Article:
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New Exhibit Features Julia Child, Baby Carrots

Exhibit Rendering
Exhibit Rendering
Photo: Smithsonian
Missy Frederick is the Cities Director for Eater.

Curious how baby carrots got so damn popular? Fascinated by the history of the microwave oven? Then head to the National Museum of American History next week, when it opens its new exhibit, Food: Transforming the American Table, 1950-2000.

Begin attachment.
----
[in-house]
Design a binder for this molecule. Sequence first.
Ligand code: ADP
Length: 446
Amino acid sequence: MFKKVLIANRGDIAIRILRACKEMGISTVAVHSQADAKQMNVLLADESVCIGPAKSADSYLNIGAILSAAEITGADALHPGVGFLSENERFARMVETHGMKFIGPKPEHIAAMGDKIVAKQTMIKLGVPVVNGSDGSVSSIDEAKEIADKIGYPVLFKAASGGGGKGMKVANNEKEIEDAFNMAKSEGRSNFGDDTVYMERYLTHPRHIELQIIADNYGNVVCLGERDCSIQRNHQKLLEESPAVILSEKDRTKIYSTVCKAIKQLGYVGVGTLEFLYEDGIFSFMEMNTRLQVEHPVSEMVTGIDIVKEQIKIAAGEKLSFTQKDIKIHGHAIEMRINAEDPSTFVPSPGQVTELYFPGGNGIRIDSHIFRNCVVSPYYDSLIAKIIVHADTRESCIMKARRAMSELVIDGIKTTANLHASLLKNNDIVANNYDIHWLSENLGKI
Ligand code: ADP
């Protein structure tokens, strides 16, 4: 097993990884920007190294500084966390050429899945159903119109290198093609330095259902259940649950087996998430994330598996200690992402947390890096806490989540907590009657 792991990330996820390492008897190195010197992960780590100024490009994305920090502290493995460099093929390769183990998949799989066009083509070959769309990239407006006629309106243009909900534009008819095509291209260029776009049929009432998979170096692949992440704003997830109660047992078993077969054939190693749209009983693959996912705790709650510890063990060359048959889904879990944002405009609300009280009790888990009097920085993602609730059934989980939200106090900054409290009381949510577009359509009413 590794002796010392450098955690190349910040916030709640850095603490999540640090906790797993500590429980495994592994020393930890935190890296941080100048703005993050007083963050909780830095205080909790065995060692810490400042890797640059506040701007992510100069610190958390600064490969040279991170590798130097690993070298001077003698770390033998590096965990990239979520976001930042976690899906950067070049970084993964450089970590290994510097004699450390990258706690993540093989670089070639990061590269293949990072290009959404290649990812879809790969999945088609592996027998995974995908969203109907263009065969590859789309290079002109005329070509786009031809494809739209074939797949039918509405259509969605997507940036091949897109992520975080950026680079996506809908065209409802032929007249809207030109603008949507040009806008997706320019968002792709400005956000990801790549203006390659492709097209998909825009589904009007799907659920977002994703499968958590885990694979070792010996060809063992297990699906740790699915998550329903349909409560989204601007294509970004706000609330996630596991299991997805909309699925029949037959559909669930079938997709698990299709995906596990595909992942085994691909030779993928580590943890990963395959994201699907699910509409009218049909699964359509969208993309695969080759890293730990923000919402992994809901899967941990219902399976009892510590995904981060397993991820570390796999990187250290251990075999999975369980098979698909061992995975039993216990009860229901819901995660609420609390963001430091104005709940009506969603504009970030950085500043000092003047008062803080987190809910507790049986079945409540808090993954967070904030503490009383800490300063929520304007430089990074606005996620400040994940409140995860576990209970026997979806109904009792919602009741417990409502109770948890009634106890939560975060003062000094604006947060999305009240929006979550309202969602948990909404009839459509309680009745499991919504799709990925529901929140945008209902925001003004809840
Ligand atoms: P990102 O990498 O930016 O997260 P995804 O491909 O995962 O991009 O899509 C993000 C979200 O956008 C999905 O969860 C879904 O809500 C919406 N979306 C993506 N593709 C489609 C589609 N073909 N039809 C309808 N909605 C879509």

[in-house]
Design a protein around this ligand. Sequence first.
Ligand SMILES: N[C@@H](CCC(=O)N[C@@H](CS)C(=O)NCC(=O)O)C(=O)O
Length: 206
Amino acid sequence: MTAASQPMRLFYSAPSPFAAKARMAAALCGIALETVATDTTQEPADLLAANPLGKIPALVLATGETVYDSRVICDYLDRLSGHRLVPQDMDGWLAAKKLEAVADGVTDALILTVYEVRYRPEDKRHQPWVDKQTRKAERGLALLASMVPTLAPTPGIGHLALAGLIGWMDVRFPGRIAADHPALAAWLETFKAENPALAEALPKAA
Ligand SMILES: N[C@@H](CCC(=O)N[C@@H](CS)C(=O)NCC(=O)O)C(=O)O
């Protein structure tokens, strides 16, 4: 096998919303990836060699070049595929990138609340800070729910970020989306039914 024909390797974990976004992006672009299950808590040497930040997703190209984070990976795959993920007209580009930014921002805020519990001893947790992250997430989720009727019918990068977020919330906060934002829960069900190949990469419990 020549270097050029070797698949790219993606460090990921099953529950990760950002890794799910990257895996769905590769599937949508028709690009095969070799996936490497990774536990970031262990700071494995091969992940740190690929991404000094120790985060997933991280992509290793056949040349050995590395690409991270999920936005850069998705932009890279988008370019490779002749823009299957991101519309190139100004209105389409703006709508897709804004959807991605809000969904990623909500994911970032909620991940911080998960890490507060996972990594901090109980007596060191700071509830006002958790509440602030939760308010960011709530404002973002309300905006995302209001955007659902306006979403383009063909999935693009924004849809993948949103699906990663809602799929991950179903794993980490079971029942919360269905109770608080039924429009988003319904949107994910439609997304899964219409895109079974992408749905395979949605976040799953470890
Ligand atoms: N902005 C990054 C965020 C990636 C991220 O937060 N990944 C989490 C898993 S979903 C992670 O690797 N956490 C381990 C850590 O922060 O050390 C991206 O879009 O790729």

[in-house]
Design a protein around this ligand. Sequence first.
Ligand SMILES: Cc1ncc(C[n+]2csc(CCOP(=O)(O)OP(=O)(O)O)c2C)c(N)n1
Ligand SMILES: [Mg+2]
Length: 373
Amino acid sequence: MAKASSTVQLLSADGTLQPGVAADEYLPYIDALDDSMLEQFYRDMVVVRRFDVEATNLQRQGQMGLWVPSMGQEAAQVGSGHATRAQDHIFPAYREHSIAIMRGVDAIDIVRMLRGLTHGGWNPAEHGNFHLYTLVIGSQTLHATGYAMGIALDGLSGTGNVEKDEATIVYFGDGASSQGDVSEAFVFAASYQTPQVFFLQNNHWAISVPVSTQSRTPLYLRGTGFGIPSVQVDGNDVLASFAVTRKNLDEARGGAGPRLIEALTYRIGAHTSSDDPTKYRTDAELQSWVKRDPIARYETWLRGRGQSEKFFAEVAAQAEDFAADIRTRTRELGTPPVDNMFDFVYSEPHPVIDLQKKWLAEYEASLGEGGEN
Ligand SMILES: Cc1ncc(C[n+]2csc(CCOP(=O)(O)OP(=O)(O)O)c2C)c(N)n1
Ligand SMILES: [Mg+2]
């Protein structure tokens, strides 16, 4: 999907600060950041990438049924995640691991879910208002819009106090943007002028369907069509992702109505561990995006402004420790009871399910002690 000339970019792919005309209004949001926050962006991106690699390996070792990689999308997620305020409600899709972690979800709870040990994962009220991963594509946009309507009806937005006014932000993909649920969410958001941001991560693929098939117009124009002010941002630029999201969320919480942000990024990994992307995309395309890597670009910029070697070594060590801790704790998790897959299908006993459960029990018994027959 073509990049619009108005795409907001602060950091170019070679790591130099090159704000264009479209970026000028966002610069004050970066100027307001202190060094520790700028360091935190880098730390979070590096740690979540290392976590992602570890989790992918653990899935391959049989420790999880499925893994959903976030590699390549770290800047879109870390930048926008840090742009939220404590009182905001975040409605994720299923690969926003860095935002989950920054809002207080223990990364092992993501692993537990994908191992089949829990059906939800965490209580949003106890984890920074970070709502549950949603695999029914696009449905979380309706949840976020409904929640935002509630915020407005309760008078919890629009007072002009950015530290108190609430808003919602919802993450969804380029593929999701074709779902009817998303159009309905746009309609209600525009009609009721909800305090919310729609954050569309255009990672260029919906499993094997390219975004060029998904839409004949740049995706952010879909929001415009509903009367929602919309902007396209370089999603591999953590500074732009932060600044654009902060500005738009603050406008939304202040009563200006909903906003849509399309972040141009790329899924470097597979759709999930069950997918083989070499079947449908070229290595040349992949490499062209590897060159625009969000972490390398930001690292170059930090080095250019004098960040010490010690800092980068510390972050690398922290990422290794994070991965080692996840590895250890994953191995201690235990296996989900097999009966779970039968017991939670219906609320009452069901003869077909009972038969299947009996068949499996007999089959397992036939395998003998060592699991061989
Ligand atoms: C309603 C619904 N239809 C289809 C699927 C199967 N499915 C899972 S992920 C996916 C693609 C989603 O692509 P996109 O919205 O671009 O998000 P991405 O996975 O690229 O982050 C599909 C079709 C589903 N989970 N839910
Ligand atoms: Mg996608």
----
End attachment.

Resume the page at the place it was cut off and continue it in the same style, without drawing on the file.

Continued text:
The museum has devoted almost 4,000 square feet to the cause of food, including Julia Child's kitchen (which reopened back in August after a brief hiatus). Sections are devoted to specific topics, like wine and technology. The exhibit explores such issues as how the California wine industry actually grew during Prohibition, or what impact the country's various immigrant populations had on its cuisine. There's a 22-food communal table where attendees can gather to talk about the exhibit (and, presumably, food), and sections devoted to such developments as the rise of the drive-through. You can get more of a sense of what the exhibit's all about on its website. The exhibit opens to the public Nov. 20.

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